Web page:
Of course we all know the outcome now, and many news outlets are simply confessing their total predictive ignorance of what happened, including this website. Before the election, Huffington Post editor Ryan Grim infamously defended his publication’s 99 percent probability of a Hillary Clinton victory.
On the night of the election, Grim apologized.
.@NateSilver538 Yes. You were right that there was far more uncertainty than we were accounting for. I apologize. Gonna stick to punditry.
— Ryan Grim (@ryangrim) November 9, 2016
Grim had skewered FiveThirtyEight’s Nate Silver’s (“Nate Silver is Unskewing Polls–All Of Themn–In Trump’s Direction“) more uncertain prediction, which gave Trump better than a 1 in 4 chance.
By monkeying around with the numbers like this, Silver is making a mockery of the very forecasting industry that he popularized.
Not to take this lying down, Silver responded in no uncertain terms, mostly for Grim failing to give him the journalistic necessity of an advance “care to comment?” call or email. Silver did his job the best he could. We were all wrong.
Going forward, political pollsters are going to have to recalibrate and invent new ways of gathering and interpreting popular opinion after 2016’s failures. It’s refreshing that at least one liberal editor admitted the error, while the rest of the media is encouraging street protests because Hillary Clinton won more of the popular vote.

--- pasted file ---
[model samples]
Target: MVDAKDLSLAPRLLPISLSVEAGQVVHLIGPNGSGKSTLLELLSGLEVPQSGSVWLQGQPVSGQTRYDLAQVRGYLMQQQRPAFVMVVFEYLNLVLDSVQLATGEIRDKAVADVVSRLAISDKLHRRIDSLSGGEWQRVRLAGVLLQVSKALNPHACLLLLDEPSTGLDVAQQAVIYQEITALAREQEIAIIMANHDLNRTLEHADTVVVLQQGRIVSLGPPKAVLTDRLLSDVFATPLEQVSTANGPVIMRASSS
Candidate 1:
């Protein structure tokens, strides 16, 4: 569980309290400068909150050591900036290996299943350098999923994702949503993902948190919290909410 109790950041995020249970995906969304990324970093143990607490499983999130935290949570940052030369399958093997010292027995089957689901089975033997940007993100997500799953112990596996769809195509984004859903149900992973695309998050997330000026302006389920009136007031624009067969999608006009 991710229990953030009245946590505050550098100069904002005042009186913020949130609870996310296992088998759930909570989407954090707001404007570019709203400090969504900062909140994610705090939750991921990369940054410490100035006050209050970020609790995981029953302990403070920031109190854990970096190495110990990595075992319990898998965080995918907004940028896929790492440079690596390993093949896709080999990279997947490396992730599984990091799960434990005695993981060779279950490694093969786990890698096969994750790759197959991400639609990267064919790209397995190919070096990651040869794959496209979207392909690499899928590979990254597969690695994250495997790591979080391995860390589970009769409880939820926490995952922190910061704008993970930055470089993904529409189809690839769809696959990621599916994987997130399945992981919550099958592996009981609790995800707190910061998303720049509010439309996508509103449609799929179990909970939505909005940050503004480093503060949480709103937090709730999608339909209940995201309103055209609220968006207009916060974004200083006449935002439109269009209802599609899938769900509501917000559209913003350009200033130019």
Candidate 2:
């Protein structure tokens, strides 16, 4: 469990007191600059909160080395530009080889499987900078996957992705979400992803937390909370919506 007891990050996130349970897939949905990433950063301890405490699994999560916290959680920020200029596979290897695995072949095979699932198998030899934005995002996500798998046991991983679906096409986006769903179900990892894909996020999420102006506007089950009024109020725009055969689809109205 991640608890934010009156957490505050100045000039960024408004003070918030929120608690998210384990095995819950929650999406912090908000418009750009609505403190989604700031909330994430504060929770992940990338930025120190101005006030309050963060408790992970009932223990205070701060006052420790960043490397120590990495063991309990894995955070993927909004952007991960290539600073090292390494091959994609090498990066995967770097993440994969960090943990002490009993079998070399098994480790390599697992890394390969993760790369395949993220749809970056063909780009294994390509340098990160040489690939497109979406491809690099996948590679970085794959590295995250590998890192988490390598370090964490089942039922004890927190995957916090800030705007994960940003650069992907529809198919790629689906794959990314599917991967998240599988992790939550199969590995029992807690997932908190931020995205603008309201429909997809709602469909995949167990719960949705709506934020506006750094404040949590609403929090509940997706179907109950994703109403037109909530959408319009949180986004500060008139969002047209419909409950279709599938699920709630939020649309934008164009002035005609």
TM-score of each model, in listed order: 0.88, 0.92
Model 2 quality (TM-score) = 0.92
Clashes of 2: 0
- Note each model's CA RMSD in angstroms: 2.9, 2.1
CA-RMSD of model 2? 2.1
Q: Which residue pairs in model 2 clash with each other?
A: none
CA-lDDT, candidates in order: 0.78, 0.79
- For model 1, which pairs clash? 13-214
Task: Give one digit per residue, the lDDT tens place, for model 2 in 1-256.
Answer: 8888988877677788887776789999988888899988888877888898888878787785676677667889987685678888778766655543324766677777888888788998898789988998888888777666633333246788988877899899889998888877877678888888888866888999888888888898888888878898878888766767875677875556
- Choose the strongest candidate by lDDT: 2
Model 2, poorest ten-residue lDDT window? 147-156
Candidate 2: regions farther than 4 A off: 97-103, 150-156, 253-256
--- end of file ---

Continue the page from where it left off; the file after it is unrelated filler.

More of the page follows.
For the record here, so liberals can understand:
1) The popular vote does not determine the winner of a U.S. presidential election, and never has, by design of our founders and our Constitution.
2) Hillary Clinton did not win an outright majority of the national popular vote. Neither did Trump. Clinton won 47.8 percent, to Trump’s 47.2 percent. A mere 668,483 votes separate the two (as of this writing). That’s 0.52 percent of the nation. Hardly a mandate for Trump, but certainly beyond claiming that Hillary “should have won.”
If only the rest of the liberal press would be so honest as Ryan Grim.